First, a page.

“Everyone loved to be next to Olive. That was the influence she would have on people,” Griffin said.
Griffin said Olive Pierce’s love for all people and keen interest in social justice seemed to have come from the fact that she grew up in an upper-class home in Lake Forest, Ill. and became exposed to poverty for the first time on a life-changing childhood trip “from Chicago to Wyoming, right in the middle of the Depression” with her parents. She wrote about the experience in an unfinished memoir, he said.
As Griffin told it, Olive’s father stopped the car at one point during the trip to give a ride to a man in a truck that was broken down on the side of the road.
“It was a typical Depression-era sight,” said Griffin. “Everything they owned was on that truck.”
It was, said Griffin, Olive’s first realization that the man was poor and that she and her family were well-off.
“I think this thing that happened in the Depression era was her first realization of class,” Griffin said. “It became seminal for the rest of her life.”
Significantly, later in her life, Olive would send her children to public school, the Cambridge Rindge and Latin School, instead of a private school, as she had attended.
Regarding the issue of class, Griffin said, “She saw the unfairness of it and wanted to rectify it. … She had a huge heart.”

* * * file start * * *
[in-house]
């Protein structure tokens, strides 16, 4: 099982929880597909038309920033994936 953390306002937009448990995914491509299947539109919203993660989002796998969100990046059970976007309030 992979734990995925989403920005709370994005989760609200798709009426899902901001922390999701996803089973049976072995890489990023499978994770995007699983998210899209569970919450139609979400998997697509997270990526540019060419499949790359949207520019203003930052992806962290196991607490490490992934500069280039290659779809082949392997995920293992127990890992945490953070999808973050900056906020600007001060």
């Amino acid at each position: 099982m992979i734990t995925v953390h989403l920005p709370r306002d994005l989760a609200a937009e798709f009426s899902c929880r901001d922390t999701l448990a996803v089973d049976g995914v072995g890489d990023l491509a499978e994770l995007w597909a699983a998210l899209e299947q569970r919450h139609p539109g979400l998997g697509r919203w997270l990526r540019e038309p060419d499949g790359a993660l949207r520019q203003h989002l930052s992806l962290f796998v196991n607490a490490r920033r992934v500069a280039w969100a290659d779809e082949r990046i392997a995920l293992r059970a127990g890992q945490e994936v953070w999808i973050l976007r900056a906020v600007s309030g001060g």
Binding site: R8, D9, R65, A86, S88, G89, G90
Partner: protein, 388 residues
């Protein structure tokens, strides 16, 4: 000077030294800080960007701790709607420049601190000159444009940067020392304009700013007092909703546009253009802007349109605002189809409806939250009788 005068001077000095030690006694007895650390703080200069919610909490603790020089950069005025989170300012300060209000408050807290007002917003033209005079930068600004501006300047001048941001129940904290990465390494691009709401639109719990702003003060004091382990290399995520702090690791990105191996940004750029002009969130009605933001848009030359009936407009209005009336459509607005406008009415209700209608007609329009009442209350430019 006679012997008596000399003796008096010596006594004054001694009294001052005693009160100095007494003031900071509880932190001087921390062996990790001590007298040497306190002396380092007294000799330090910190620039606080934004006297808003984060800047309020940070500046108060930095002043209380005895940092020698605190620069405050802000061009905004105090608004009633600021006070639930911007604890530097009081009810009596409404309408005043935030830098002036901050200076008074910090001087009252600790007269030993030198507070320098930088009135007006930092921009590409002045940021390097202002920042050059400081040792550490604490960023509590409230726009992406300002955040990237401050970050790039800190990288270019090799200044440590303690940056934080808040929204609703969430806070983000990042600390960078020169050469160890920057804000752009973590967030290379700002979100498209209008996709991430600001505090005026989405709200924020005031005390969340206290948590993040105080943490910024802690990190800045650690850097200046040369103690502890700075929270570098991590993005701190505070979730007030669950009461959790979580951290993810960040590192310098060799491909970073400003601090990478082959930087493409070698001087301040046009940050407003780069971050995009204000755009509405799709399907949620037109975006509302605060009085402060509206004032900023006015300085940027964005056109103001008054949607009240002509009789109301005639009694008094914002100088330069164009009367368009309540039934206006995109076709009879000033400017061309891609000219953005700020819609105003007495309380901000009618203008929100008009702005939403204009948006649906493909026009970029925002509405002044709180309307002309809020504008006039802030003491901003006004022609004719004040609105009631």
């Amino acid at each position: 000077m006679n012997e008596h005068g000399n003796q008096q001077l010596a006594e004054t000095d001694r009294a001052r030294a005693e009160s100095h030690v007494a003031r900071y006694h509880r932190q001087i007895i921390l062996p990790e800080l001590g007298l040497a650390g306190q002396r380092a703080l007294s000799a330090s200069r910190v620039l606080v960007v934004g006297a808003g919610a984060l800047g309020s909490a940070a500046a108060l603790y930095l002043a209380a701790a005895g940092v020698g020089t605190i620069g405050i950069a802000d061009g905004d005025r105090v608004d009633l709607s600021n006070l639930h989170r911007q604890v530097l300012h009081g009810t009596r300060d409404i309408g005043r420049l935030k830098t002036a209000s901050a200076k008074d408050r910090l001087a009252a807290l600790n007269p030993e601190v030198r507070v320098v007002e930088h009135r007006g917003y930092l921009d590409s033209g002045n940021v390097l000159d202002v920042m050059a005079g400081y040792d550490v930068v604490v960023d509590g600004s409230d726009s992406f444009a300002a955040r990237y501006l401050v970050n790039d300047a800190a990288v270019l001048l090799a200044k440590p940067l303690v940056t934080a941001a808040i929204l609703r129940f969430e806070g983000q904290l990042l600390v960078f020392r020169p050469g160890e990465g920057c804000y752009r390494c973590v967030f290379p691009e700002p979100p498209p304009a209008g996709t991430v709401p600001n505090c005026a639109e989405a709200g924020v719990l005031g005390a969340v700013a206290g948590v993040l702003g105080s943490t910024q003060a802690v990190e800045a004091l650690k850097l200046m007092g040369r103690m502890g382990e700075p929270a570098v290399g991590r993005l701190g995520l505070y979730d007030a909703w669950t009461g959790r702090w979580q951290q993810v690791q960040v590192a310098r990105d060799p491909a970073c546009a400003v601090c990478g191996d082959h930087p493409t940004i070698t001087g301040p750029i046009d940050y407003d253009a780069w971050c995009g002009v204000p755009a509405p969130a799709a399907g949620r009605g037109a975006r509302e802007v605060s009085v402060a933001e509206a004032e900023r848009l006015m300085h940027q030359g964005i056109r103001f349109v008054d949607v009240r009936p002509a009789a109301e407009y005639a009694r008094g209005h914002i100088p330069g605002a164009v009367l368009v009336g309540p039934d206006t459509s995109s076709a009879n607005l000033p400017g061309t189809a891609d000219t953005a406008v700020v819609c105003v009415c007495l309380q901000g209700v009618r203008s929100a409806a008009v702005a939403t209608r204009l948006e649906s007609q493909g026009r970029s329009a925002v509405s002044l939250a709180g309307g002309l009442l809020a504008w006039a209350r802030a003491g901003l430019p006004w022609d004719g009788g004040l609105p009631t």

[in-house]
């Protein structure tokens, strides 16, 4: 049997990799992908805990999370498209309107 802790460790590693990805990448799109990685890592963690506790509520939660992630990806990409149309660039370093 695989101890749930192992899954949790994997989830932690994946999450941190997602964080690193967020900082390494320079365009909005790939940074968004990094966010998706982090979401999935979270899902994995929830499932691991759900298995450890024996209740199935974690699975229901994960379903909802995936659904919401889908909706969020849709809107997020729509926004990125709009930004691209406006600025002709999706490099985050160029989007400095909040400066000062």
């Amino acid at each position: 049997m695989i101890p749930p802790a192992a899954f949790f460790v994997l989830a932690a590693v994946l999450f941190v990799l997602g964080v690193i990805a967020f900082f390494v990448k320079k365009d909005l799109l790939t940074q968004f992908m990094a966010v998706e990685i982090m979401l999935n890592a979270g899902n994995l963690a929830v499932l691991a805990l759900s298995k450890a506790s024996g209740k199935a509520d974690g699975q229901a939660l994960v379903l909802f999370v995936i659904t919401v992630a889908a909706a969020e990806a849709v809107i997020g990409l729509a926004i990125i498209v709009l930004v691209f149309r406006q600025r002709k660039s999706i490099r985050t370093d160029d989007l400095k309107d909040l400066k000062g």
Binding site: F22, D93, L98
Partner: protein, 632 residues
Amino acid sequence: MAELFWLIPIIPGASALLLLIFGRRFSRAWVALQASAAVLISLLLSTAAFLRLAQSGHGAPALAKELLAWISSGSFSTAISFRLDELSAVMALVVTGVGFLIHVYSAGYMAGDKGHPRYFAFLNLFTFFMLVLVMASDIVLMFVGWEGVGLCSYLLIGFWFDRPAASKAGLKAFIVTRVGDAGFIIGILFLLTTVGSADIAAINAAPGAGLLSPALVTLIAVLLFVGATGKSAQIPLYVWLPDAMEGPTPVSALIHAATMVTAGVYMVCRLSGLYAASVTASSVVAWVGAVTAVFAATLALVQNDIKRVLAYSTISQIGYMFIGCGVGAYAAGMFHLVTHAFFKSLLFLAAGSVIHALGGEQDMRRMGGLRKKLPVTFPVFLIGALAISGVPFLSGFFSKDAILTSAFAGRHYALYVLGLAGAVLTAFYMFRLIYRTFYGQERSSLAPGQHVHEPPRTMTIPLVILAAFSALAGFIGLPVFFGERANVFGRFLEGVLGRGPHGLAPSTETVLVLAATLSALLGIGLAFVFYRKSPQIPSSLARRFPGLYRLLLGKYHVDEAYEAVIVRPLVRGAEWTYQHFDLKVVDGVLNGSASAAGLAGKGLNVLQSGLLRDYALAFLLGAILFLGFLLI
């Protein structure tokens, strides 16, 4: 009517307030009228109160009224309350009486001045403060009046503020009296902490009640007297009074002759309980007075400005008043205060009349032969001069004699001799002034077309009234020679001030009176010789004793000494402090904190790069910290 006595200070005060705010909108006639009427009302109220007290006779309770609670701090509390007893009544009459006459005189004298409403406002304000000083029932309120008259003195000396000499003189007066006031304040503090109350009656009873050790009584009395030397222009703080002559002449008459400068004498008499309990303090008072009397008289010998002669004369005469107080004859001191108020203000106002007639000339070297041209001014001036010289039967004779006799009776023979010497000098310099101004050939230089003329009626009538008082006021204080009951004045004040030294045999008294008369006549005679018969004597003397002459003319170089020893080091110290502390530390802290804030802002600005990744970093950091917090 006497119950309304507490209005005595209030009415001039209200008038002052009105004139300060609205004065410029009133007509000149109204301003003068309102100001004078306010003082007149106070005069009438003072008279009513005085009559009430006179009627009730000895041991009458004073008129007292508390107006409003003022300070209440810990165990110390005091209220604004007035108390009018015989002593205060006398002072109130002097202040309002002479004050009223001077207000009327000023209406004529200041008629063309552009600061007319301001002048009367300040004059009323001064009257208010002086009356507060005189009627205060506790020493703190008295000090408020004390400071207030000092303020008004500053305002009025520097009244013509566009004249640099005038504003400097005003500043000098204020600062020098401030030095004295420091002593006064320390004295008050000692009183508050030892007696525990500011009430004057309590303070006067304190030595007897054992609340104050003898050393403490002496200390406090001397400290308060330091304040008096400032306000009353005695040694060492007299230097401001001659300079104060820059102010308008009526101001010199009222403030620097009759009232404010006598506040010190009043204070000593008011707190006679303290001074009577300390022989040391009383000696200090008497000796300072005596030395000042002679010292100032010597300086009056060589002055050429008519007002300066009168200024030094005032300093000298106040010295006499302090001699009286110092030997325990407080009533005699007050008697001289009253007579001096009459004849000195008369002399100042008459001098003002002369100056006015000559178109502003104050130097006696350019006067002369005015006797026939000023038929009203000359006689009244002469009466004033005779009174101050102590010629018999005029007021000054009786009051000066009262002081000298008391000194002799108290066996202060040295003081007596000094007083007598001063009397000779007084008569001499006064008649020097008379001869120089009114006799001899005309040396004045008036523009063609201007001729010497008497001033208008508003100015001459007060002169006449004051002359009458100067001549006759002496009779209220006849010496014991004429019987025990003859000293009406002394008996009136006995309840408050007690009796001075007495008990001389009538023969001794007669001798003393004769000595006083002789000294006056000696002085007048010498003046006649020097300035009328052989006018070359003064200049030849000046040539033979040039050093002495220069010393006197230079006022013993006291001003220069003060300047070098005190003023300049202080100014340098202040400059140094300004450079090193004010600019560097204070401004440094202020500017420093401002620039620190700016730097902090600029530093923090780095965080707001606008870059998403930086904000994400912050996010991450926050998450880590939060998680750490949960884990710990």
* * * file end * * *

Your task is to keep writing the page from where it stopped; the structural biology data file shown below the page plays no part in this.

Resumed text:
“She had a heart of gold,” Eugene Carter said in a recent phone interview. He and a number of his family members are featured in “Up River.”
“She didn’t care if you had an eighth-grade education or you finished college. She never looked down on anybody, whether you were rich or poor or gay or had a disability,” he said.
Working with Pierce on the creation of “Up River” was “just incredible,” Carter said, adding that “she had a mind that, if she’d see somebody, she’d remember their name. She’d always remember all the kids’ names” and would ask about them whenever she visited.
“Her mind was just as good as could be,” he said. “I called her up on Mother’s Day and she was just as good in her mind as ever.”
Carter said Pierce loved to dance.
“I’d call her up (to go do something) and she’d say, ‘No, I can’t go tonight. I’ve got to go to the Time Out Pub (in Rockland) and go dancing,” he said. “She liked all kinds of music.”
And, he said, she just liked to have fun.
“We’d have a potluck dinner or go to a birthday party and she’d sit and everybody talked to her and she had a wicked good time,” said Carter. “She enjoyed life and she loved people.”
“Also, she’d make sure you registered and voted. She didn’t care how you voted; she wanted you to vote,” Carter said. Once, he said, “she convinced a guy to vote while she was at a party. When she got done talking, he was convinced.”
“I miss her a lot,” he said. “I’d call her up and just talk to her, or she’d call me for a ride. … I probably traveled with her more than most people in the last 10 to 15 years. If she wanted to go somewhere, she’d call me, and I’d say ‘yup’ and pick her up and go.”
“She was one of the best persons that I ever met and she was good to everyone I know,” Carter said. “Taking pictures, and the things she done for other people – it was just unreal. She’s going to be sadly, sadly missed.”
Go to bit.ly/28Ln2I2 to view Olive Pierce’s photographs archived at Duke University in North Carolina.